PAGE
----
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From: Walter Banks on 28 Jun 2010 07:37 io_x wrote: > what about this? > __________________________ >   >  weitght==?  >   >  __________  >   tap >     >       > ^^^^^^^   ^^^^^^^^ surface submarine > ^ > /\ >  > point where oil exit > > there is someone of you know what is the weight > for the above structure (**in the water**) for > controbilance oil pressure? For a rough estimate you have about 15000 feet of granite less 5000 feet of water. Granite is about 2.6 times the weight of sea water more or less 40,000 feet of water equivalent The pressure on exit pipe is about 400005000 equals 35000 feet of water. How much weight? Surface area of the leak with a weight equal to a column of water 35000 feet high. Regards, w..  Walter Banks Byte Craft Limited http://www.bytecraft.com
From: Geoff on 28 Jun 2010 08:22 On Mon, 28 Jun 2010 13:04:03 +0200, "io_x" <a(a)b.c.invalid> wrote: >what about this? >__________________________ >  > weitght==?  >  > __________  >  tap >    >      >^^^^^^^   ^^^^^^^^ surface submarine > ^ > /\ >  >point where oil exit > >there is someone of you know what is the weight >for the above structure (**in the water**) for >controbilance oil pressure? > > W = P/A where W = weight in pounds, P = pressure in PSI, A = area of contact If the exit point is a cylinder then A = 4/3*PI*R^2 where R is the radius of the cylinder. Estimated pressure of the BP well is in excess of 6800 PSI. Diameter of the bore of the LMRP exit flange is 21 inches. Pressure at 5000 fsw is 151 ATA. (2220 PSI)
From: Geoff on 28 Jun 2010 08:43 On Mon, 28 Jun 2010 05:22:39 0700, Geoff <geoff(a)invalid.invalid> wrote: >On Mon, 28 Jun 2010 13:04:03 +0200, "io_x" <a(a)b.c.invalid> wrote: > >>what about this? >>__________________________ >>  >> weitght==?  >>  >> __________  >>  tap >>    >>      >>^^^^^^^   ^^^^^^^^ surface submarine >> ^ >> /\ >>  >>point where oil exit >> >>there is someone of you know what is the weight >>for the above structure (**in the water**) for >>controbilance oil pressure? >> >> > Correction: W = P * A where >W = weight in pounds, >P = pressure in PSI, >A = area of contact in square inches >If the exit point is a cylinder then A = 4/3*PI*R^2 >where R is the radius of the cylinder. > >Estimated pressure of the BP well is in excess of 6800 PSI. >Diameter of the bore of the LMRP exit flange is 21 inches. > >Pressure at 5000 fsw is 151 ATA. (2220 PSI) (It's early here.) :)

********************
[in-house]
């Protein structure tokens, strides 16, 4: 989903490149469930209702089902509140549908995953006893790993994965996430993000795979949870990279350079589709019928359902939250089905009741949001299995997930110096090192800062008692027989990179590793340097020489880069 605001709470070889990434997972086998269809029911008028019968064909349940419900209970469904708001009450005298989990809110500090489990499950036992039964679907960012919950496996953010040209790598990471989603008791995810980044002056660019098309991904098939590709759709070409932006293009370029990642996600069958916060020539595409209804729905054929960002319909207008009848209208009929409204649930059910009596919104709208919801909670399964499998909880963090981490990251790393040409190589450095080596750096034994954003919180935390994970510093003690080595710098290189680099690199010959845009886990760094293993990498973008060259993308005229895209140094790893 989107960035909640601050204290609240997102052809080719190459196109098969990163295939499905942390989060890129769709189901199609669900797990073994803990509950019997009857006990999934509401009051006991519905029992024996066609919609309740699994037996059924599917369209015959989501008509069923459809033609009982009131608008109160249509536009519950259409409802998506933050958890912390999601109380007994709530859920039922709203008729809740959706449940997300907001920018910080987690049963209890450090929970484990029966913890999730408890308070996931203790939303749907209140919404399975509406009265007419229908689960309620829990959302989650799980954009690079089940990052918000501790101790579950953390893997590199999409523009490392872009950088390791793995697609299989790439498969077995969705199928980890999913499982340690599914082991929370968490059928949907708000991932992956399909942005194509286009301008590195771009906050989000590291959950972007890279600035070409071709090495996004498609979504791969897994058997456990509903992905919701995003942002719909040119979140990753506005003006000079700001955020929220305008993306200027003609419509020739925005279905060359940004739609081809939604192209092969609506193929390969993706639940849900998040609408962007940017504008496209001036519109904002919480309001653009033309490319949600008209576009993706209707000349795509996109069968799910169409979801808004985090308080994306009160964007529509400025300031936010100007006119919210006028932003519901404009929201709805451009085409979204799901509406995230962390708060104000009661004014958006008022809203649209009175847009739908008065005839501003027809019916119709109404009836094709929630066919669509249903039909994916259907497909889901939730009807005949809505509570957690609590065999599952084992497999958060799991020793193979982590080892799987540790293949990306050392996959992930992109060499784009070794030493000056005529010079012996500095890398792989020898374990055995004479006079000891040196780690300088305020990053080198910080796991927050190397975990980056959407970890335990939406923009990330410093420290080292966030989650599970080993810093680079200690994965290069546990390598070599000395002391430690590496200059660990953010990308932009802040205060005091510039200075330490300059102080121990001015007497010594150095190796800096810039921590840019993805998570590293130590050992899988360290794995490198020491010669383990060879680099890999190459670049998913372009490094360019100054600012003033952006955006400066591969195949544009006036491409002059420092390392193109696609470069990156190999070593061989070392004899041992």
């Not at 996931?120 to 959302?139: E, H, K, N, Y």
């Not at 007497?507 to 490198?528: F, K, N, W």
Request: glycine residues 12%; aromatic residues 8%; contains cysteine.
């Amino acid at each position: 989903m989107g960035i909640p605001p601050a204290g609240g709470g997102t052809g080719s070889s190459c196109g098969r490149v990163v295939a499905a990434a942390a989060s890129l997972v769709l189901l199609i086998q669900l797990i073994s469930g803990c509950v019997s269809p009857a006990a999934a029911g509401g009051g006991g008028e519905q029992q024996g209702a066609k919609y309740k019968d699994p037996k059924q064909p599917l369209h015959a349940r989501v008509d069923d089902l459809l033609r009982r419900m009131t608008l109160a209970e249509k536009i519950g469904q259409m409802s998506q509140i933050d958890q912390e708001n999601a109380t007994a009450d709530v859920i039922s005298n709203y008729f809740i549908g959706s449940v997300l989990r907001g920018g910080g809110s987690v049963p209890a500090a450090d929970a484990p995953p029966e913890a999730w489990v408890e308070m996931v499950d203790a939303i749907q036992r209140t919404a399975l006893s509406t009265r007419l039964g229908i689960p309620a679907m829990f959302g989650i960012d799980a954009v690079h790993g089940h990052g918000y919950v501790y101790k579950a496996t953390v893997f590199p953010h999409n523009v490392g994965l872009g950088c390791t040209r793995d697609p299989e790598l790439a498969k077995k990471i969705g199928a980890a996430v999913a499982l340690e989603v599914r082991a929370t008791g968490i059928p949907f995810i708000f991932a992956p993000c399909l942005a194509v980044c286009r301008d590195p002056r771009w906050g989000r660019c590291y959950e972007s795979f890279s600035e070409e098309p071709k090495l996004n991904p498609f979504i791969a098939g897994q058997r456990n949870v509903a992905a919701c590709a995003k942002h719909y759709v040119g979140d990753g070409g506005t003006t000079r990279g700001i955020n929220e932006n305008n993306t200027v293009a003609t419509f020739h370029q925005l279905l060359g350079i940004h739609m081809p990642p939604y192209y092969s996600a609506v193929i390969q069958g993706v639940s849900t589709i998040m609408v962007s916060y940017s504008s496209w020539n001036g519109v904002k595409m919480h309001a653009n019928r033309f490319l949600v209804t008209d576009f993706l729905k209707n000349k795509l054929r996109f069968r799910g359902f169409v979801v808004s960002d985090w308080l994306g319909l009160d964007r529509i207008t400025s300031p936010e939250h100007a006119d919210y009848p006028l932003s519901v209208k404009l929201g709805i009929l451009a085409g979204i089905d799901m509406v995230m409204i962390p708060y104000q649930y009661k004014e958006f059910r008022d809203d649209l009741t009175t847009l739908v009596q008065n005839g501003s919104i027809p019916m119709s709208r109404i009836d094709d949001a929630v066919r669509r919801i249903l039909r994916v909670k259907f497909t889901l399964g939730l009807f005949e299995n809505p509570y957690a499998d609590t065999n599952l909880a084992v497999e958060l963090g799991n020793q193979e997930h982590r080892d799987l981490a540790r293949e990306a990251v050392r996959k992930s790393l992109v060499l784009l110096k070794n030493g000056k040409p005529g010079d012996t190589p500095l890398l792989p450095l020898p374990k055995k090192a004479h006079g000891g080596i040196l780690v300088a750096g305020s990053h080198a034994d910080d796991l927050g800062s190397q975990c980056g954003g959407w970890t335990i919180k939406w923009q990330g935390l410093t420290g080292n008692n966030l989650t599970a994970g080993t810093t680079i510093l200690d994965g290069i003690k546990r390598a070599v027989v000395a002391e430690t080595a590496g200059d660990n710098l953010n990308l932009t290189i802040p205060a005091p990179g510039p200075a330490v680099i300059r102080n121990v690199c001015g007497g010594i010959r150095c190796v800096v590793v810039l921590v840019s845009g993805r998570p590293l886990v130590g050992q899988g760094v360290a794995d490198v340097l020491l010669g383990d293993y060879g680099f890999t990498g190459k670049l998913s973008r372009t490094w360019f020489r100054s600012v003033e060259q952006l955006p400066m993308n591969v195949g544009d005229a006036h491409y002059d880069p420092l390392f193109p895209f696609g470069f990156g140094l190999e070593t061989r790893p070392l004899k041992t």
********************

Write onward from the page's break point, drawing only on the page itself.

From: Frank Kotler on 28 Jun 2010 09:31 io_x wrote: > what about this? > __________________________ >   >  weitght==?  >   >  __________  >   tap >     >       > ^^^^^^^   ^^^^^^^^ surface submarine > ^ > /\ >  > point where oil exit Cool ASCIIart! (Annie was prettier :) > there is someone of you know what is the weight > for the above structure (**in the water**) for > controbilance oil pressure? Doesn't matter, we can pile rocks on it until it's "enough". Similar to the first solution Bee Pee tried (as I understand it). The problem appears to be that "icelike crystals" (methane clathrates, I guess) plug up your "tap". (Why they don't plug up the leak is a mystery to me!) Seems to me the easiest thing would be to let it flow to the surface. Quit pumping "dispersants" into it. Currents and turbulence will keep it from being a "point source", but it ought to hit the surface in a relatively small area. Surround it with barges and booms and collect it from there. We can go a mile under the ocean, and drill another couple miles to get this oil, but we can't scoop it up off the surface of the water? C'mon! Alternatively, they make plastic out of the stuff. Turn it into plastic and just roll it up. :) We can't plug the leak, but we can broadcast hires pictures of it around the world. Something a little "unbalanced" about our abilities, you think? Best, Frank
From: Walter Banks on 28 Jun 2010 10:08 Walter Banks wrote: > io_x wrote: > > > what about this? > > __________________________ > >   > >  weitght==?  > >   > >  __________  > >   tap > >     > >       > > ^^^^^^^   ^^^^^^^^ surface submarine > > ^ > > /\ > >  > > point where oil exit > > > > there is someone of you know what is the weight > > for the above structure (**in the water**) for > > controbilance oil pressure? > > For a rough estimate you have about 15000 feet of granite > less 5000 feet of water. > > Granite is about 2.6 times the weight of sea water more or less > 40,000 feet of water equivalent > > The pressure on exit pipe is about 400005000 equals > 35000 feet of water. > > How much weight? > > Surface area of the leak with a weight equal to > a column of water 35000 feet high. > To add some clarity and a missing back of envelope information . The above doesn't account for the weight of the oil in the well. 15000 feet at 0.88 the weight of sea water. Equivalent to 13000 feet of water also pushing back against the oil outflow This reduces the pressure at leak to about 23000 feet of water. The overburden of rock can have different densities from about 1.75 times water to 2.7 times water. This changes the differential pressure at the leak to a range of 8000 feet of water to 23000 feet of water or 3700 PSI to 10700 PSI This quick calculations is consistent with published numbers of up to 10000 psi at the well head and is within the range of the 6800PSI quote elsewhere in this thread. Regards, w..  Walter Banks Byte Craft Limited http://www.bytecraft.com

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